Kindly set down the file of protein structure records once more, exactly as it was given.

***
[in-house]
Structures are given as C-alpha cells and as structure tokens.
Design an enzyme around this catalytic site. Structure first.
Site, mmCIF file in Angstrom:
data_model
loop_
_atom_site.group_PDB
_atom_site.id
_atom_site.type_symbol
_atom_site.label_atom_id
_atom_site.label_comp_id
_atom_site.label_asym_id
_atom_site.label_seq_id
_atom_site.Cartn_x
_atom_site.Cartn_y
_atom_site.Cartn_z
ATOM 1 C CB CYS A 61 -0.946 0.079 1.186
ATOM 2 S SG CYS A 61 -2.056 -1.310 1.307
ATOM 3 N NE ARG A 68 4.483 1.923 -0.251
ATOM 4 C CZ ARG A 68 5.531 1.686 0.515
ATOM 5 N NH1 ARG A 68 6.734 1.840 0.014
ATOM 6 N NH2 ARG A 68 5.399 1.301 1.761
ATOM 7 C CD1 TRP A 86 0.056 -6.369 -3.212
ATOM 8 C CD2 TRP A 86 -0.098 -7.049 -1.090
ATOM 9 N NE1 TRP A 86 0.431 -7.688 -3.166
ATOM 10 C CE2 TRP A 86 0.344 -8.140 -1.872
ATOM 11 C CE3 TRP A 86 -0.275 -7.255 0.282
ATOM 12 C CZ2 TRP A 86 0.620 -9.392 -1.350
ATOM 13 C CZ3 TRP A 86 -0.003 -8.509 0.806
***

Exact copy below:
[in-house]
Structures are given as C-alpha cells and as structure tokens.
Design an enzyme around this catalytic site. Structure first.
Site, mmCIF file in Angstrom:
data_model
loop_
_atom_site.group_PDB
_atom_site.id
_atom_site.type_symbol
_atom_site.label_atom_id
_atom_site.label_comp_id
_atom_site.label_asym_id
_atom_site.label_seq_id
_atom_site.Cartn_x
_atom_site.Cartn_y
_atom_site.Cartn_z
ATOM 1 C CB CYS A 61 -0.946 0.079 1.186
ATOM 2 S SG CYS A 61 -2.056 -1.310 1.307
ATOM 3 N NE ARG A 68 4.483 1.923 -0.251
ATOM 4 C CZ ARG A 68 5.531 1.686 0.515
ATOM 5 N NH1 ARG A 68 6.734 1.840 0.014
ATOM 6 N NH2 ARG A 68 5.399 1.301 1.761
ATOM 7 C CD1 TRP A 86 0.056 -6.369 -3.212
ATOM 8 C CD2 TRP A 86 -0.098 -7.049 -1.090
ATOM 9 N NE1 TRP A 86 0.431 -7.688 -3.166
ATOM 10 C CE2 TRP A 86 0.344 -8.140 -1.872
ATOM 11 C CE3 TRP A 86 -0.275 -7.255 0.282
ATOM 12 C CZ2 TRP A 86 0.620 -9.392 -1.350
ATOM 13 C CZ3 TRP A 86 -0.003 -8.509 0.806